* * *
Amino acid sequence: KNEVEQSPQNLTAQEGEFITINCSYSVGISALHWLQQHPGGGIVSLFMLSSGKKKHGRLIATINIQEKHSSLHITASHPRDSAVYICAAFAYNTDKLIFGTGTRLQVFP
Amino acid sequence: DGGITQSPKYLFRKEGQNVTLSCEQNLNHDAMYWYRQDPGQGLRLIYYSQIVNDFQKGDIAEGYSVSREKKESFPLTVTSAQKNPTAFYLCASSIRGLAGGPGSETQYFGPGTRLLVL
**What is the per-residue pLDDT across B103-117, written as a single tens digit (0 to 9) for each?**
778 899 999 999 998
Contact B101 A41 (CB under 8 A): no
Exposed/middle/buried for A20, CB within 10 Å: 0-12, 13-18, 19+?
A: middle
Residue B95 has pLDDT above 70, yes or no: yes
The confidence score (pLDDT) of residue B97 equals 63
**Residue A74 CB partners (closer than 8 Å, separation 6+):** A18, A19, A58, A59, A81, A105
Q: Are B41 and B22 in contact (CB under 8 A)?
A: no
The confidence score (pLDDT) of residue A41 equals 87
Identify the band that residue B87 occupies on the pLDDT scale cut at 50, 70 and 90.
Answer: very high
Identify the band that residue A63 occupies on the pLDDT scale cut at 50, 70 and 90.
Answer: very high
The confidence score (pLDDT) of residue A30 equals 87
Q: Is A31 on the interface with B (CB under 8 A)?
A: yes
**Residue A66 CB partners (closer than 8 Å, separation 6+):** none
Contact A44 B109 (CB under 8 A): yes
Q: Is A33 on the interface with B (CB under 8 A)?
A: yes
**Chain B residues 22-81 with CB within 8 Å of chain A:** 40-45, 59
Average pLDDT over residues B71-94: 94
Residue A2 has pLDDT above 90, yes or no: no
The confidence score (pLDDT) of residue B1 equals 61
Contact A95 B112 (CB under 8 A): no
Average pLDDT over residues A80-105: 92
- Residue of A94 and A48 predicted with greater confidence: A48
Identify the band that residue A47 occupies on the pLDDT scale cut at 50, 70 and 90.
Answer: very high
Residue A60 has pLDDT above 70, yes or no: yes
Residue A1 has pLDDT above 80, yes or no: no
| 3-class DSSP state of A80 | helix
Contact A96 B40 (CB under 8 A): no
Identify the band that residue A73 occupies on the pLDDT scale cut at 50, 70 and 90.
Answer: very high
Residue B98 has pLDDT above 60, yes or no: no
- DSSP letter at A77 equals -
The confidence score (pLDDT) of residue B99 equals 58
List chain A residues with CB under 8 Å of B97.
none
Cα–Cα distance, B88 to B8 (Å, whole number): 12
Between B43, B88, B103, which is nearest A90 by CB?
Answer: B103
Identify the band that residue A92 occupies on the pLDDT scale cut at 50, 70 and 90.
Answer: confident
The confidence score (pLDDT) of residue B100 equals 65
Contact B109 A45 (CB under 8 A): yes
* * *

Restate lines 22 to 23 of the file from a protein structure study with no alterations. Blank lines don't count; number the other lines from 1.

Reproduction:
Contact A44 B109 (CB under 8 A): yes
Q: Is A33 on the interface with B (CB under 8 A)?